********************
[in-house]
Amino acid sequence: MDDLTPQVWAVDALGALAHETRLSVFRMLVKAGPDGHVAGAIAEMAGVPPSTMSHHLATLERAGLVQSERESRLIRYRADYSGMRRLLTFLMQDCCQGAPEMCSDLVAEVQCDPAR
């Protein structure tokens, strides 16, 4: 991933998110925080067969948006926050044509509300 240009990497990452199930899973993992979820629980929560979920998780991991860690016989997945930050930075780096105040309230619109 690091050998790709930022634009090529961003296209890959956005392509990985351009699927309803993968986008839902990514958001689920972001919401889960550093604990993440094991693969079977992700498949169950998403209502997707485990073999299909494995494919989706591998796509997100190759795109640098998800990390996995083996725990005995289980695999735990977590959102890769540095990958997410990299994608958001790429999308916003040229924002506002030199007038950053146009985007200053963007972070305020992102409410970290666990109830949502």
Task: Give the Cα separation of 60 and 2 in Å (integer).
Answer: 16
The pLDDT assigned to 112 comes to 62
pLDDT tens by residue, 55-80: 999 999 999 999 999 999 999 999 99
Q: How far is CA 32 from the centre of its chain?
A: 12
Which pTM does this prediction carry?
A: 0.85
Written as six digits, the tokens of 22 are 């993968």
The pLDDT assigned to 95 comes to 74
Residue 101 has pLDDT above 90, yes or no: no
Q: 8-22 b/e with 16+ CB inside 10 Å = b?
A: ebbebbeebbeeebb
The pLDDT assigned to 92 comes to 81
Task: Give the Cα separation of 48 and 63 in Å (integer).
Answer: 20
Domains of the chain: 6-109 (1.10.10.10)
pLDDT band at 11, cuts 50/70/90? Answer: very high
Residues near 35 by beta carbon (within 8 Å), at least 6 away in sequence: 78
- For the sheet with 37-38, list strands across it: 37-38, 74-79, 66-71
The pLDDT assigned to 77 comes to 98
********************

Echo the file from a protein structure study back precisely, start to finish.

[in-house]
Amino acid sequence: MDDLTPQVWAVDALGALAHETRLSVFRMLVKAGPDGHVAGAIAEMAGVPPSTMSHHLATLERAGLVQSERESRLIRYRADYSGMRRLLTFLMQDCCQGAPEMCSDLVAEVQCDPAR
């Protein structure tokens, strides 16, 4: 991933998110925080067969948006926050044509509300 240009990497990452199930899973993992979820629980929560979920998780991991860690016989997945930050930075780096105040309230619109 690091050998790709930022634009090529961003296209890959956005392509990985351009699927309803993968986008839902990514958001689920972001919401889960550093604990993440094991693969079977992700498949169950998403209502997707485990073999299909494995494919989706591998796509997100190759795109640098998800990390996995083996725990005995289980695999735990977590959102890769540095990958997410990299994608958001790429999308916003040229924002506002030199007038950053146009985007200053963007972070305020992102409410970290666990109830949502």
Task: Give the Cα separation of 60 and 2 in Å (integer).
Answer: 16
The pLDDT assigned to 112 comes to 62
pLDDT tens by residue, 55-80: 999 999 999 999 999 999 999 999 99
Q: How far is CA 32 from the centre of its chain?
A: 12
Which pTM does this prediction carry?
A: 0.85
Written as six digits, the tokens of 22 are 């993968």
The pLDDT assigned to 95 comes to 74
Residue 101 has pLDDT above 90, yes or no: no
Q: 8-22 b/e with 16+ CB inside 10 Å = b?
A: ebbebbeebbeeebb
The pLDDT assigned to 92 comes to 81
Task: Give the Cα separation of 48 and 63 in Å (integer).
Answer: 20
Domains of the chain: 6-109 (1.10.10.10)
pLDDT band at 11, cuts 50/70/90? Answer: very high
Residues near 35 by beta carbon (within 8 Å), at least 6 away in sequence: 78
- For the sheet with 37-38, list strands across it: 37-38, 74-79, 66-71
The pLDDT assigned to 77 comes to 98